I nod approvingly at this building. I reference Gilmer more than you might think I would. A buddy of mine is from here, which is ironic because I met him independent of the the entire Longview exodus to Austin (my ex-wife used to joke that she still hung out with half the people she went to high school with because the half that didn’t move to Dallas moved to Austin). As fate would have it, I know how the county was named. In 1844, the USS Princeton sailed on a cruise with a bunch of American dignitaries to demonstrate cannon made in American foundries. During a test fire, one of them exploded, killing several of the guests including Secretary of the Navy Thomas Gilmer and Secretary of State Abel Upshur. Useless information for the win?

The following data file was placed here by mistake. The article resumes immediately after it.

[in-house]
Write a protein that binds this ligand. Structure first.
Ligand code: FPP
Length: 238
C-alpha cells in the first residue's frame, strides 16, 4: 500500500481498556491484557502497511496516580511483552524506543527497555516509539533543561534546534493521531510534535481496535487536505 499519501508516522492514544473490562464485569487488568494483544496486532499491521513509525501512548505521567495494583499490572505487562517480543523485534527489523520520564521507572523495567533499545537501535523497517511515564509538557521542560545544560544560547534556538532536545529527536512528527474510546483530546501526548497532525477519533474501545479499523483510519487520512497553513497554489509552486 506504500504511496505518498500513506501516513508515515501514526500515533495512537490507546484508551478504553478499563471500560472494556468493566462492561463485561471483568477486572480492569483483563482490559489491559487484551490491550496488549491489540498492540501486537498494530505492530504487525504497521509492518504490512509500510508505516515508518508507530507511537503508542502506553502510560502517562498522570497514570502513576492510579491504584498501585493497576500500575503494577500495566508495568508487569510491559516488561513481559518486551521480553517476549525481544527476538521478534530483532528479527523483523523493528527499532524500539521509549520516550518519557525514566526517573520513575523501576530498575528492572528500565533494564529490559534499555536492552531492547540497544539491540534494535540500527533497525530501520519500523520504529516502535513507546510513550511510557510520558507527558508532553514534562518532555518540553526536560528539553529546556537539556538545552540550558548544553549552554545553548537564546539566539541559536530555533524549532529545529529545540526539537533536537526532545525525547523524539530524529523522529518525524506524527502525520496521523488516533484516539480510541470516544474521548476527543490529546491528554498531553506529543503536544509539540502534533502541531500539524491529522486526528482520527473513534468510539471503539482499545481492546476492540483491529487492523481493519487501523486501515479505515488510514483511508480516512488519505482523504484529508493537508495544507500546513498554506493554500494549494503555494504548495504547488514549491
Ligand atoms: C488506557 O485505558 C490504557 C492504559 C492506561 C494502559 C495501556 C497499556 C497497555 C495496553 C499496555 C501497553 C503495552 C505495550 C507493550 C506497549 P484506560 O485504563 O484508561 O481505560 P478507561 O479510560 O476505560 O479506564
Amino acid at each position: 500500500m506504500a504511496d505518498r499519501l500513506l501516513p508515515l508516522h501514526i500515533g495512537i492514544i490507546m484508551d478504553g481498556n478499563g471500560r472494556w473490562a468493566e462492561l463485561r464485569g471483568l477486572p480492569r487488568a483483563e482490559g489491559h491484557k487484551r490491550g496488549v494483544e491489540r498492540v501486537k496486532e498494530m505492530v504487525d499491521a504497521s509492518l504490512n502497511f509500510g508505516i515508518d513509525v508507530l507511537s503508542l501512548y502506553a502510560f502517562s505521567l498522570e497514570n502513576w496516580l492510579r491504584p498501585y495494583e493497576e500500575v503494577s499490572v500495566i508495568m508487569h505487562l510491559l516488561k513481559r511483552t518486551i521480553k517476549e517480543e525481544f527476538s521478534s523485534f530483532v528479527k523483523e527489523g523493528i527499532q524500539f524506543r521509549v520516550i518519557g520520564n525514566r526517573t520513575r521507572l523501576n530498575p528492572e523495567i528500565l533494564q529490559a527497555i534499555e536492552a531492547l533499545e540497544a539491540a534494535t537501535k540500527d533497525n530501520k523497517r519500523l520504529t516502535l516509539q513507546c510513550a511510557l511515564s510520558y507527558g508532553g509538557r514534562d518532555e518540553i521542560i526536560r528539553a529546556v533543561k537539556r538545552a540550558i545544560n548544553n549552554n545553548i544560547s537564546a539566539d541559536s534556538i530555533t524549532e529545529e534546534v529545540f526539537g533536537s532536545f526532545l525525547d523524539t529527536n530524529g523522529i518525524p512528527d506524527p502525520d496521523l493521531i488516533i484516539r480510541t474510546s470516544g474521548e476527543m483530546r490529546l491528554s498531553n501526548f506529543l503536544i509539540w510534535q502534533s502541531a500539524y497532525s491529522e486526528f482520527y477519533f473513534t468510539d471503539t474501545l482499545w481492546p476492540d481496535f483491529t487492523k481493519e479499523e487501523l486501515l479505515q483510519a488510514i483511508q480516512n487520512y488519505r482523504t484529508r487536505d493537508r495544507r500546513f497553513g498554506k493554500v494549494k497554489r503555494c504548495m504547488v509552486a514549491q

The cache was across the street at the Historic Upshur Museum. I pride myself on the fact that I seem to be able to spot a nano at 10 yards, but this one threw me, not because it was deeply hidden, but because it was so obviously in the open that I just passed over it, thinking it was a bolt or something similar. I mean, an obviously silver nub on a black iron fixture? That’s not even hidden… It is rare, but I have overlooked caches before because they were too easy and I just couldn’t immediately process that they didn’t seem really hidden. For a few minutes, it was a bolt until it obviously wasn’t. So I did the thing and then got to rolling again, soon to enjoy dinner and company. But this trip is not quite done.
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